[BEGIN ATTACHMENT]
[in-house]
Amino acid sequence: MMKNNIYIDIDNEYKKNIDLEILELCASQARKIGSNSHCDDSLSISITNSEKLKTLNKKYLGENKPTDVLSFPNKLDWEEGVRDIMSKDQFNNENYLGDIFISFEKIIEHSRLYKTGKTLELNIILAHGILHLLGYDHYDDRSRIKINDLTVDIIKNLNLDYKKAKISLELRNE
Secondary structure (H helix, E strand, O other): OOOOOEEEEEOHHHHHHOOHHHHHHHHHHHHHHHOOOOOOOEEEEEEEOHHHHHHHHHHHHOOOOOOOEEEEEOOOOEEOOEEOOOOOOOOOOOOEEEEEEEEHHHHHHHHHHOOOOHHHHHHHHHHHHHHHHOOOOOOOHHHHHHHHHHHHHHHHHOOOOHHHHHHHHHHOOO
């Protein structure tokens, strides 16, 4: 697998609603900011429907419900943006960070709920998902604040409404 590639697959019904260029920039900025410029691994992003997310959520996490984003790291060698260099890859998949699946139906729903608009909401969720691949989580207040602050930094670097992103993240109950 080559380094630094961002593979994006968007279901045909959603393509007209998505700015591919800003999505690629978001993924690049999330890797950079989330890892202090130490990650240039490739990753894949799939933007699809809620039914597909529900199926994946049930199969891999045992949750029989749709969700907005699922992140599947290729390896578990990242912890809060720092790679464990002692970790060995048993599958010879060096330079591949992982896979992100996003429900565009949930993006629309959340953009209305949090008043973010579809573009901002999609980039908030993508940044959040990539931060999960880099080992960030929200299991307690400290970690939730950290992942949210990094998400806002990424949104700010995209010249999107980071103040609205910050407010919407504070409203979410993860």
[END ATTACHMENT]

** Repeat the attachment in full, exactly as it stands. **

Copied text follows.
[in-house]
Amino acid sequence: MMKNNIYIDIDNEYKKNIDLEILELCASQARKIGSNSHCDDSLSISITNSEKLKTLNKKYLGENKPTDVLSFPNKLDWEEGVRDIMSKDQFNNENYLGDIFISFEKIIEHSRLYKTGKTLELNIILAHGILHLLGYDHYDDRSRIKINDLTVDIIKNLNLDYKKAKISLELRNE
Secondary structure (H helix, E strand, O other): OOOOOEEEEEOHHHHHHOOHHHHHHHHHHHHHHHOOOOOOOEEEEEEEOHHHHHHHHHHHHOOOOOOOEEEEEOOOOEEOOEEOOOOOOOOOOOOEEEEEEEEHHHHHHHHHHOOOOHHHHHHHHHHHHHHHHOOOOOOOHHHHHHHHHHHHHHHHHOOOOHHHHHHHHHHOOO
């Protein structure tokens, strides 16, 4: 697998609603900011429907419900943006960070709920998902604040409404 590639697959019904260029920039900025410029691994992003997310959520996490984003790291060698260099890859998949699946139906729903608009909401969720691949989580207040602050930094670097992103993240109950 080559380094630094961002593979994006968007279901045909959603393509007209998505700015591919800003999505690629978001993924690049999330890797950079989330890892202090130490990650240039490739990753894949799939933007699809809620039914597909529900199926994946049930199969891999045992949750029989749709969700907005699922992140599947290729390896578990990242912890809060720092790679464990002692970790060995048993599958010879060096330079591949992982896979992100996003429900565009949930993006629309959340953009209305949090008043973010579809573009901002999609980039908030993508940044959040990539931060999960880099080992960030929200299991307690400290970690939730950290992942949210990094998400806002990424949104700010995209010249999107980071103040609205910050407010919407504070409203979410993860």